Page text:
JAPANESE Judo legend Toshihiko Koga has died aged 53.
The Olympic gold medallist lost his battle with cancer on Wednesday surrounded by his family in Kawasaki, Japan.
Koga was hospitalised last spring after his cancer diagnosis and underwent surgery.
And the disease sadly got the better of the Japanese icon this week.
Having missed out on a podium spot in Seoul in 1988, Koga won gold in the men's -71kg event at the 1992 Barcelona Olympics.
He also won silver four years later in the -78kg category at Atlanta 1996.
Koga was famous for his legendary ippon-seoi-nage throw and youngsters across Japan are said to still emulate him today.
Ha famously said: "I think you always have to have an open mind to take new approaches and new paths in solving problems."
And that was his approach until the end of his days, according to those close to him.
Fellow Barcelona medal winner Hidehiko Yoshida said: "I'm still in a state of total disbelief. When Koga won at the Barcelona Olympics, I felt more joy than when I won myself. That both of us won gold medals is something I treasure."
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Japan's national judo team manager Kosei Inoue added: "In addition to an amazing feel for judo, Mr. Koga had superb insight, along with his speed and power.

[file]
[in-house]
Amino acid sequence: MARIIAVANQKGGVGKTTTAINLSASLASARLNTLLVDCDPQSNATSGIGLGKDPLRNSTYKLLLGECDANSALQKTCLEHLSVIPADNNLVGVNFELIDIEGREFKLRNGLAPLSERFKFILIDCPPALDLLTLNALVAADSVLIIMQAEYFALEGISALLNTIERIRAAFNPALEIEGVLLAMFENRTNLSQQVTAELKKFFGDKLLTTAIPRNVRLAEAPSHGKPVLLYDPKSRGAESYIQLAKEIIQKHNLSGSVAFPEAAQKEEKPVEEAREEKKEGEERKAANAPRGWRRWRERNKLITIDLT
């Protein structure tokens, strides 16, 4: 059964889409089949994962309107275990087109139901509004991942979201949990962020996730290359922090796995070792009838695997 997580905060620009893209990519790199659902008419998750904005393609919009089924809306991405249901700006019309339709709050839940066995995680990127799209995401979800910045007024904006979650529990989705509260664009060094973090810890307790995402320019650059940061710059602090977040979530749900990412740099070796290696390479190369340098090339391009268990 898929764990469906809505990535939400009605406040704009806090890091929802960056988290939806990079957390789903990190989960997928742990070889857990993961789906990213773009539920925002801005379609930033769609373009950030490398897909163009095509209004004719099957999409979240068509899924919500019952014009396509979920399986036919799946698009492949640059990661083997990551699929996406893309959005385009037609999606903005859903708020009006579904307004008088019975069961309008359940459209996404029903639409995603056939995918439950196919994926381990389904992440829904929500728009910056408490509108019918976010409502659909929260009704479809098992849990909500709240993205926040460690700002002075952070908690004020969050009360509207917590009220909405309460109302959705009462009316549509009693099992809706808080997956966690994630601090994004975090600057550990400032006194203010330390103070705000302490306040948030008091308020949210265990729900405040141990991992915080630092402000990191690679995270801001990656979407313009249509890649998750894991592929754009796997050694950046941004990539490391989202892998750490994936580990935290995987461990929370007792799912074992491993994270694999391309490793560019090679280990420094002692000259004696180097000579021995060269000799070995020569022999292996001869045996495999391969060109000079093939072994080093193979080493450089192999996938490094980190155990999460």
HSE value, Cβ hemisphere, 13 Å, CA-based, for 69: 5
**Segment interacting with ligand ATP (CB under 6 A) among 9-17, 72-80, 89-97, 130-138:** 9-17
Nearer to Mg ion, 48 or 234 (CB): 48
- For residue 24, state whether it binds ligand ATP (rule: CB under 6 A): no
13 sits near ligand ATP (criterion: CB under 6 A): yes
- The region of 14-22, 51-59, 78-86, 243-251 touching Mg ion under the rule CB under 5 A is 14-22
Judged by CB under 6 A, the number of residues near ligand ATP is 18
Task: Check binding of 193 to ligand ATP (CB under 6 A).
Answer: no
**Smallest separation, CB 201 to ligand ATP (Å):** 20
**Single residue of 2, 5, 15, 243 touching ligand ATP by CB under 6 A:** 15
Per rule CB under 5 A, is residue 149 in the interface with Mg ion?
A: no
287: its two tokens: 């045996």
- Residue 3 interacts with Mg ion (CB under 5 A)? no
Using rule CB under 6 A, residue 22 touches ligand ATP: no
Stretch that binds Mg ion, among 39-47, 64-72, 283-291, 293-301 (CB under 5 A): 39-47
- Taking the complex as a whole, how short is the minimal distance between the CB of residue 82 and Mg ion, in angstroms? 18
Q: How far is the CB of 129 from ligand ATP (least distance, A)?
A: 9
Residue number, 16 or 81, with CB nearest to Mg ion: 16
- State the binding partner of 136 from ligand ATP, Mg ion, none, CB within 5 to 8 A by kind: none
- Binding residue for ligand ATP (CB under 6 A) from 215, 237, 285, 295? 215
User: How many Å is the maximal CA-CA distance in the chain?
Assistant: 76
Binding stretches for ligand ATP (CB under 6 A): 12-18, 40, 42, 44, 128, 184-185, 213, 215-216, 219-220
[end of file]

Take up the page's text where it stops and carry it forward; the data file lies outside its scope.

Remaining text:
"Off the mat, he always had a smile on his face and would cheerfully chat with me. His death came too soon, and he will be missed by the judo world."
As well as his Olympic success, Koga also claimed world championship glory three times.
His first title was Belgrade 1989 before winning again in Barcelona in 1991 and Chiba in 1995.
After retiring from competition, Koga coached Japan's women's national judo team.
Koga was scheduled to take part on the Tokyo 2020 Olympic torch relay which started on Thursday in Fukashima.
Japan's women's football team started the 120-day torch relay in eerie circumstances as they ran through sparsely populated streets.
The 2011 World Cup winner Azusa Iwashimizu kicked-off proceedings as she carried the torch through Nahara – a community evacuated after the infamous 2011 meltdown at the Fukashima nuclear power plant.
A short opening ceremony took place on a football pitch in the J-Village training complex to officially start the torch's journey which will take it through 859 locations before it ends up at the opening ceremony in the Olympic Stadium on July 23.
The Games have already been shrouded in controversy with many Japanese arguing they should be cancelled or postponed again.
Overseas fans have already been banned from attending.
And only last week Games chief Hiroshi Sasaki resigned after attempting to get a woman to dress as a PIG for the opening ceremony.
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